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The Giving Tree

The Giving Tree

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Published by Sandy Sessler

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Published by: Sandy Sessler on Jun 11, 2010
Copyright:Attribution Non-commercial

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08/28/2013

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Sessler/ THE GIVING TREE-1
CHAPTER 1 -- COMING HOMEAllison McFarland shuttered, as she splashed the icy cold water on her face. Got towake up, she mumbled to herself. It’s going to be a long day…and it’s already been a
very
long night.Her mother, Mary McFarland, drifted in and out of a restless, painful sleep until the pain medication finally kicked in around 4 in the morning. By then, it was pointless for Allison to try and get back to sleep. She had to be up at 6 anyway and the two hourswould only serve to make her feel worse.Allison turned on the shower and lingered, as the hot water soothed the achingmuscles in her neck that screamed for sleep. Her body longed to luxuriate in a hot,steamy, bubble bath, but she knew that was a pipe dream. Perhaps she could persuadeJenny to come spend the night and spell her in the next few days. Not likely, she thought,glumly. And after all, there didn’t seem to be much time left anyway.The cancer that mercilessly ate away at Mary McFarland’s body had reached theterminal stage many months ago, when Allison decided to temporarily give up her job inthe city and come home to be with her mother. They had always been close and Allisonwas not about to let
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Sessler/ THE GIVING TREE
her mother die in a cold, sterile hospital room. Her sister, Jenny already had her hands
over 
full, what with John and the twins. Much as she loved her mother, Jenny just didn’thave the time or extra energy required to care for their dying mother. Truth be told,Allison felt a small amount of jealousy for the frenetic pace of Jenny’s life that wasseparated from the smell of death that surrounded her mother. Not that being besieged bya husband and two active three year olds was
anything 
that Allison ever envied before.She knew that she just wasn’t the maternal type. Allison’s idea of success, for herself thatis, lay in the city, sitting at a high-powered meeting with an assistant running to do her  bidding. Up until now, however,
 she
was the one doing the running and it was her bossdoing the bidding. Well, there would be plenty of time to get back to it…after; after it wasover at home.For now, Allison would be here to help ease her mother to as comfortable a death as possible. Every day, the hospice nurse would come and bathe Mary, give her a back ruband evaluate her pain and the medications that seemed to be losing their effectiveness.Allison was told that the next step would be a morphine pump. She knew that once thathappened, her mother would be drifting in and out of consciousness, until she slipped intothe final coma. There was so little time left and as weary as she was, Allison was notready to let her mother go yet.And then there was Angela, God bless her. Sweet Angela Federico from next door wouldstay with her mother on the days Allison went to work as the fill-in, part-timeadministrative assistant to Pastor Henry at Maplewood’s Grace Christian Church. It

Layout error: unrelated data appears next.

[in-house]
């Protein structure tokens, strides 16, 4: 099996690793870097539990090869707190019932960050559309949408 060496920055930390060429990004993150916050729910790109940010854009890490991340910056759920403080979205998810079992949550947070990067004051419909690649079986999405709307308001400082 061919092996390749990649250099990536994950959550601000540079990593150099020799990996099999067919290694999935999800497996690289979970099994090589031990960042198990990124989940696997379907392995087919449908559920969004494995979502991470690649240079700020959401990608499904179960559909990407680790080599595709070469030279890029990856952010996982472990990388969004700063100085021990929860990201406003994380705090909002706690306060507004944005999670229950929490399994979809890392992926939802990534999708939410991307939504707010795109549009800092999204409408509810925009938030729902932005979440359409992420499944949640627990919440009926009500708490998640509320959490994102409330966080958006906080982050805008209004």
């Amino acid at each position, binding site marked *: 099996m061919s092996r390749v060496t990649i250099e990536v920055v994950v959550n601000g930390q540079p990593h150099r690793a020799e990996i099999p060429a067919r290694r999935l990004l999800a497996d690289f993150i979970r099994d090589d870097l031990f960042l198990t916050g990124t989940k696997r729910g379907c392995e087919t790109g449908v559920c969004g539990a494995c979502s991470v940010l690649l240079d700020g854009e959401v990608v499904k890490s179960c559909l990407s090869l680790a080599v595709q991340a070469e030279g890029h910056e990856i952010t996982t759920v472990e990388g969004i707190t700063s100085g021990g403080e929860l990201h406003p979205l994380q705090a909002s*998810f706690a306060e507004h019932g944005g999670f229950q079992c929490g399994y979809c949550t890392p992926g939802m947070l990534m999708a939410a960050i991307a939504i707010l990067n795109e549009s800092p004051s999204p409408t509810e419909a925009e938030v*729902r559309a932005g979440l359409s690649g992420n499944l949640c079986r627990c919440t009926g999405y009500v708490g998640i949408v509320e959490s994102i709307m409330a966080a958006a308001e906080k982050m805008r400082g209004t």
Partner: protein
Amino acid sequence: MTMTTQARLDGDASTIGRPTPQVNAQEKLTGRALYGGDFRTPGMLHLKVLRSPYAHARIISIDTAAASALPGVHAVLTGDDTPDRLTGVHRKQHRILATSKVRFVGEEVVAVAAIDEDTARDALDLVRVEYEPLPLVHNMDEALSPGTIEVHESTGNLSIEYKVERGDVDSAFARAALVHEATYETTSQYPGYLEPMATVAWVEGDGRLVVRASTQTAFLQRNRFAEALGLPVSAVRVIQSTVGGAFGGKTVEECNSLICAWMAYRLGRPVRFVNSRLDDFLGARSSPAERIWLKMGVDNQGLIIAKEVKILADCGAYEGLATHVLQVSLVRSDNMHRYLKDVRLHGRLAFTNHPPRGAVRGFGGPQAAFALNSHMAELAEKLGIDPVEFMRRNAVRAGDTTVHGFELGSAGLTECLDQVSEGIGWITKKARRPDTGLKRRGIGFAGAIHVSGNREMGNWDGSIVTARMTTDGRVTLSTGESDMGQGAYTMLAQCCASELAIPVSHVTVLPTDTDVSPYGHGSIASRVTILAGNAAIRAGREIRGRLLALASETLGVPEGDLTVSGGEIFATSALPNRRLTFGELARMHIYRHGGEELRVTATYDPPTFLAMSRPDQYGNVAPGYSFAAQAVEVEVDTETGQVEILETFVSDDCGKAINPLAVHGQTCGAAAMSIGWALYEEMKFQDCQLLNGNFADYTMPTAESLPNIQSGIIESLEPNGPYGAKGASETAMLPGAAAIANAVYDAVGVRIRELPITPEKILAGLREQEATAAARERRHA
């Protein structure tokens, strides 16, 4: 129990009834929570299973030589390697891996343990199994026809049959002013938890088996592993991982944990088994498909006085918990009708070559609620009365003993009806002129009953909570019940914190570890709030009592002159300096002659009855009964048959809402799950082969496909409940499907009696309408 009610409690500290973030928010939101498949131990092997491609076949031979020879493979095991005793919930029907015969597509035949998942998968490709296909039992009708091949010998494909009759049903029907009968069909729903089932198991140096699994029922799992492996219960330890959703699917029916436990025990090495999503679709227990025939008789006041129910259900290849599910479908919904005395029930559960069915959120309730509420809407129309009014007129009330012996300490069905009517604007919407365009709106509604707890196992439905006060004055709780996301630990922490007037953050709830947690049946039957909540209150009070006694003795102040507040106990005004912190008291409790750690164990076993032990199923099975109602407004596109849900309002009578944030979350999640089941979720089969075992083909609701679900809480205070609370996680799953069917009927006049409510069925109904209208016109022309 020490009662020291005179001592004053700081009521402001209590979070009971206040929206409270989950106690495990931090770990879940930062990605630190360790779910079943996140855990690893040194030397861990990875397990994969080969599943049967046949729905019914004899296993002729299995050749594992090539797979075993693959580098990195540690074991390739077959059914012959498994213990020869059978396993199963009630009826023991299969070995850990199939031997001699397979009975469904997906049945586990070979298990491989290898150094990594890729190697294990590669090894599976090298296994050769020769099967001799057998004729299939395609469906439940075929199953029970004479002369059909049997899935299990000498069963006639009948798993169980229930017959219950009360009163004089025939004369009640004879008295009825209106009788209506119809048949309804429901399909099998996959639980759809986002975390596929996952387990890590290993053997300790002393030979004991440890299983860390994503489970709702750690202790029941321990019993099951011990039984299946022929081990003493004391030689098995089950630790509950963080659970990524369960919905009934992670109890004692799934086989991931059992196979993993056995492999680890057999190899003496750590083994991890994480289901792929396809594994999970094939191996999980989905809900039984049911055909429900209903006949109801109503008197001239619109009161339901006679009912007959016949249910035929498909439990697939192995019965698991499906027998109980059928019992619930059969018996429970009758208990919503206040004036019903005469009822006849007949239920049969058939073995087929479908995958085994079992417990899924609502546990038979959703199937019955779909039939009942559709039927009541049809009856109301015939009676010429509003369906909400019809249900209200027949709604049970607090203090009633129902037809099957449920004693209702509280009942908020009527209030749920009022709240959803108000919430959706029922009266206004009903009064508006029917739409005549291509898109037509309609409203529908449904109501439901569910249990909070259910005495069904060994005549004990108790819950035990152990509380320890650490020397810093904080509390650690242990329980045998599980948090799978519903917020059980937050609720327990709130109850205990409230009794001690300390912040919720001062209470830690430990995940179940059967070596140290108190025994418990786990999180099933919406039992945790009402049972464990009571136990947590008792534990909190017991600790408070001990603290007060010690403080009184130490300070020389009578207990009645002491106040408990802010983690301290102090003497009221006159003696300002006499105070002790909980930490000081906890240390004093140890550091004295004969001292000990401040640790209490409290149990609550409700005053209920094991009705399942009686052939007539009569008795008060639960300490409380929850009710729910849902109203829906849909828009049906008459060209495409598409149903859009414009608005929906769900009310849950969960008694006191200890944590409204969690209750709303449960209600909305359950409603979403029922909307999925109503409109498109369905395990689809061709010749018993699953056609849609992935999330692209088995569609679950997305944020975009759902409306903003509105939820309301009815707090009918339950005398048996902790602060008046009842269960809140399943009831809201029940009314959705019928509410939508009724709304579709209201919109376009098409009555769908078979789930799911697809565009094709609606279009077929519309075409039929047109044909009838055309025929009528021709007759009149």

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Sessler/ THE GIVING TREE
sounded like an impressive title, particularly if you were given to being impressed bytitles, but basically it was just a glorified secretary. She started working for Pastor Henry, as more of a favor thatanything. Betty Cooper had been church secreta…administrative assistant for 35 years.She was known as the church’s right hand woman. Without her, Pastor Henry, as well asthose who went before him, would never have survived. With swift and merciless precision, Betty ran the office, as well as Pastor Henry. When she abruptly gave her notice to move to Florida to care for an ailing sister, Pastor Henry was left reeling. Whoon earth would take her place? Who on earth
could 
take her place? Who on earth would
want 
to? Allison laughed to herself and ran a hand through her hair as she realized thatGod truly must have a sense of humor.As she slipped on the tailored navy blue dress that fit in perfectly in the city, butseemed just a bit too formal for Maplewood, she could feel the beginnings of a dullheadache forming at the back of head. Reaching in the medicine cabinet for an aspirin,she heard her mother.“Coming, Mom,” she called out as she swallowed the pill with a handful of water from the sink.Her mother was attempting to pull herself up in bed. Her thin, bony fingers werewrapped weakly around the cold metal rail of the hospital bed that the hospice nursearranged for, several days before.“Let me help you, Mom,” Allison said gently, as she slid her arm behind her mother’s back. She cringed as she felt her shoulder blades through the thick flannel nightgown thatwas damp with sweat. After propping her mother up with pillows, she went to get a
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